San Mateo High School also has Chromebooks in almost every classroom. Gelb said teachers monitor students' screens and ask them to close anything that's non-academic or class-related.

Differing opinions on the board

Todd Collins, vice president of the Board of Education, reached out to Gunn Principal Laurence and top district administrators last February about trying out Yondr after reading news stories about San Lorenzo High School. He said there wasn't much interest at the time.

"I'm increasingly concerned that there are public health risk type issues associated with universal cellphone usage at all times," Collins told the Weekly. "It just changes so fundamentally the way people interact with each other. Getting people to interact with each other is a huge part of what education is."

Collins thinks a ban could be tried on a limited basis in a single classroom, department or school even if there are logistical challenges or potential for student and parent pushback. The district can tap two local high schools that have actual experience in the process to navigate implementation issues; staff at both schools have offered to come and talk to teachers and administrators here.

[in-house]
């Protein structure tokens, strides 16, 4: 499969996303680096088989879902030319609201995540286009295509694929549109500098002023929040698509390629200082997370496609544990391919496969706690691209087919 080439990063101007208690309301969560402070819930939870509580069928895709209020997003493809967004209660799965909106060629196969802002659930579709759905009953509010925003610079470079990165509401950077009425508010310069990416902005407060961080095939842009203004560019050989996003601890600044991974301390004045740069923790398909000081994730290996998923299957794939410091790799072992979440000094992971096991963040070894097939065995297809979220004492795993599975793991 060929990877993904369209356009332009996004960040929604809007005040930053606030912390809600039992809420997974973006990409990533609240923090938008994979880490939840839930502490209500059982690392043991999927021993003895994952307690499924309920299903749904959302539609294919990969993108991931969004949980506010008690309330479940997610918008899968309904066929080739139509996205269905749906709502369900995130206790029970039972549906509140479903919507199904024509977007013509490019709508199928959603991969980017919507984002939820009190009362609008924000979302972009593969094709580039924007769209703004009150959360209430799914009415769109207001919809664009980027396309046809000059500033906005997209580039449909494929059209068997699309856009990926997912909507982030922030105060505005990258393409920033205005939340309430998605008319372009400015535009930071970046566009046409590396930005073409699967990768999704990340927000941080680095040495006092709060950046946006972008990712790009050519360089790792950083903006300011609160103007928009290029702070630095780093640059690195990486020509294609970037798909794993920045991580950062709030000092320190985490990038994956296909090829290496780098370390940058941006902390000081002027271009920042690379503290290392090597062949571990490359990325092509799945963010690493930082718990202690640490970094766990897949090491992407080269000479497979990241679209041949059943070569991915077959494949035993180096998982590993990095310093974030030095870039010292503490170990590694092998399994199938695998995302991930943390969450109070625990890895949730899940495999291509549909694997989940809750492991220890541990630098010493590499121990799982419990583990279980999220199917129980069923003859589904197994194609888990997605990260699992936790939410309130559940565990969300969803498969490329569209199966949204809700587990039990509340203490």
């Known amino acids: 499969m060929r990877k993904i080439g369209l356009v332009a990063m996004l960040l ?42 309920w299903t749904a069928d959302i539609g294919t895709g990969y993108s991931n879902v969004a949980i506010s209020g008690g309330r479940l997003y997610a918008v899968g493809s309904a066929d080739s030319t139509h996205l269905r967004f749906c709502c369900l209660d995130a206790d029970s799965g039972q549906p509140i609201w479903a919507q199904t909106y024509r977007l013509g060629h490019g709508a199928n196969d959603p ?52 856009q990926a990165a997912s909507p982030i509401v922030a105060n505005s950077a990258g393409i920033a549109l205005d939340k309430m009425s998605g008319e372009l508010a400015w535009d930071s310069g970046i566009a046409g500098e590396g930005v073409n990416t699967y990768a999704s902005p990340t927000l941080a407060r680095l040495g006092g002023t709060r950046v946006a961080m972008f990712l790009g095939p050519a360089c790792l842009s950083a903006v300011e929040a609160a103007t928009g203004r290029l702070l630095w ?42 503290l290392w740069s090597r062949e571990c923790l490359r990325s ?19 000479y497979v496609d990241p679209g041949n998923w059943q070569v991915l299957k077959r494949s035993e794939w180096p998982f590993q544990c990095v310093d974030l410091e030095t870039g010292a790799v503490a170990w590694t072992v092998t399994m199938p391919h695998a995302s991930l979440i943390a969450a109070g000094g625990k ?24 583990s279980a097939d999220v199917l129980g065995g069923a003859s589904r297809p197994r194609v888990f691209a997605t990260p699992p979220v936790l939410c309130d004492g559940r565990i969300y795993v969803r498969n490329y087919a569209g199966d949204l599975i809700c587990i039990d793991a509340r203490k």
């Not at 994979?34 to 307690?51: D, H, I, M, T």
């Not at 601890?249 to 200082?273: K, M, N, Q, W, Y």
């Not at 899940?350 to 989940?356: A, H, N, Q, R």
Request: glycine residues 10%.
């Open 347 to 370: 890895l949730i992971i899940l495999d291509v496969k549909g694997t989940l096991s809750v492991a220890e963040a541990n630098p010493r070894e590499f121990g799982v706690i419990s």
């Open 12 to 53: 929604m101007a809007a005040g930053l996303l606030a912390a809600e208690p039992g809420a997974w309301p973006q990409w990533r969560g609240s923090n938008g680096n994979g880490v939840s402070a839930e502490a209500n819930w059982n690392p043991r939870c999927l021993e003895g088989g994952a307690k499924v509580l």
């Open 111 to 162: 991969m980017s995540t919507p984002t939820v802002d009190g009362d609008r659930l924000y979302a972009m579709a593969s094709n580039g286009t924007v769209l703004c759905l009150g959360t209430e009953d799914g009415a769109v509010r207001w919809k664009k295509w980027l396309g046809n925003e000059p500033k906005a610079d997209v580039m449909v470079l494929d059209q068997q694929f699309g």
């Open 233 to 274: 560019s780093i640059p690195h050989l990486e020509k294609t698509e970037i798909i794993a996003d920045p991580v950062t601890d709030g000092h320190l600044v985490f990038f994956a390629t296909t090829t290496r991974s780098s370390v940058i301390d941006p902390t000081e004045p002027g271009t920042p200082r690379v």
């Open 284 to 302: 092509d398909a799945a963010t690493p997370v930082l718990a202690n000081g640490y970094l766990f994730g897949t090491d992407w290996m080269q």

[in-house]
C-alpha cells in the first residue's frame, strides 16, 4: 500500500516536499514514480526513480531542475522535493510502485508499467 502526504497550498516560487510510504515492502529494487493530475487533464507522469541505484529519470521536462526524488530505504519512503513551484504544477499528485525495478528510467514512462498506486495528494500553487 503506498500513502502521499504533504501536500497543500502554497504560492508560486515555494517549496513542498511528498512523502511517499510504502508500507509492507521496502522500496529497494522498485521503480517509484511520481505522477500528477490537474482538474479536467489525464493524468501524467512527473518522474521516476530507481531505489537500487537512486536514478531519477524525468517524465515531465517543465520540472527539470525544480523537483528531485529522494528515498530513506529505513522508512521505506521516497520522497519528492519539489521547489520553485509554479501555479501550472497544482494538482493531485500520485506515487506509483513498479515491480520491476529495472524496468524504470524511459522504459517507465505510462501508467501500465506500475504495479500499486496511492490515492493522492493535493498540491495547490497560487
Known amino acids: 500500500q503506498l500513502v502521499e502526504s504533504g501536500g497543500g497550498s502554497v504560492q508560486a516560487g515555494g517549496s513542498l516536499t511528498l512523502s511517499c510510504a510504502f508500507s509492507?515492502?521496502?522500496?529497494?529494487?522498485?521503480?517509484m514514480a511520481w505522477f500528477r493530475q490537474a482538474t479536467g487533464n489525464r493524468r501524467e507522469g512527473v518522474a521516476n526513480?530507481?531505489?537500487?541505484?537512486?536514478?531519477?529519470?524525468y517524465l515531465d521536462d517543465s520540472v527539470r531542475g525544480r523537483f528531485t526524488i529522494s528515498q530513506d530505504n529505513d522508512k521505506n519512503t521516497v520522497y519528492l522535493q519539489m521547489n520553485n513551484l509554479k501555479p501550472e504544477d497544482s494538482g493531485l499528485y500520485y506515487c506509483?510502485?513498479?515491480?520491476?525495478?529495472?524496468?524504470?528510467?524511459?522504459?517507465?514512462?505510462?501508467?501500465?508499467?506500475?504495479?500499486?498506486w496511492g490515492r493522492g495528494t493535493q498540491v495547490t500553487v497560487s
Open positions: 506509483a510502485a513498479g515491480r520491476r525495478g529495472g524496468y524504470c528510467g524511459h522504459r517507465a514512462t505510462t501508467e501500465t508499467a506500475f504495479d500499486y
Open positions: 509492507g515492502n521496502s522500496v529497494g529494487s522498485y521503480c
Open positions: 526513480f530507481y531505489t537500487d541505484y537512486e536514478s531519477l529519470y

"We're not doing our jobs right if we ignore an idea like this that other people are adopting," he said.

One of his board colleagues, however, thinks locking away students' phones would divert the schools' attention from more impactful changes, such as implementing the district's homework policy and having later school start times.

"Students who are stressed and deprived of sleep but without cellphones are still going to be stressed and deprived of sleep," board member Ken Dauber said. "I would rather focus on those I think more fundamental problems than focus on this specific issue."

A group of Palo Alto Unified parents who have become increasingly concerned about cellphone use are starting to organize around the issue. Dave Shen, whose children attend district elementary schools, is part of that informal effort and said they will likely lobby the superintendent, district administrators and school board members — as well as students — to propose a ban. Shen thinks the district should not simply institute a ban in isolation but make sure to also create classes or otherwise educate students about responsible technology use and technology's effects on the brain and body.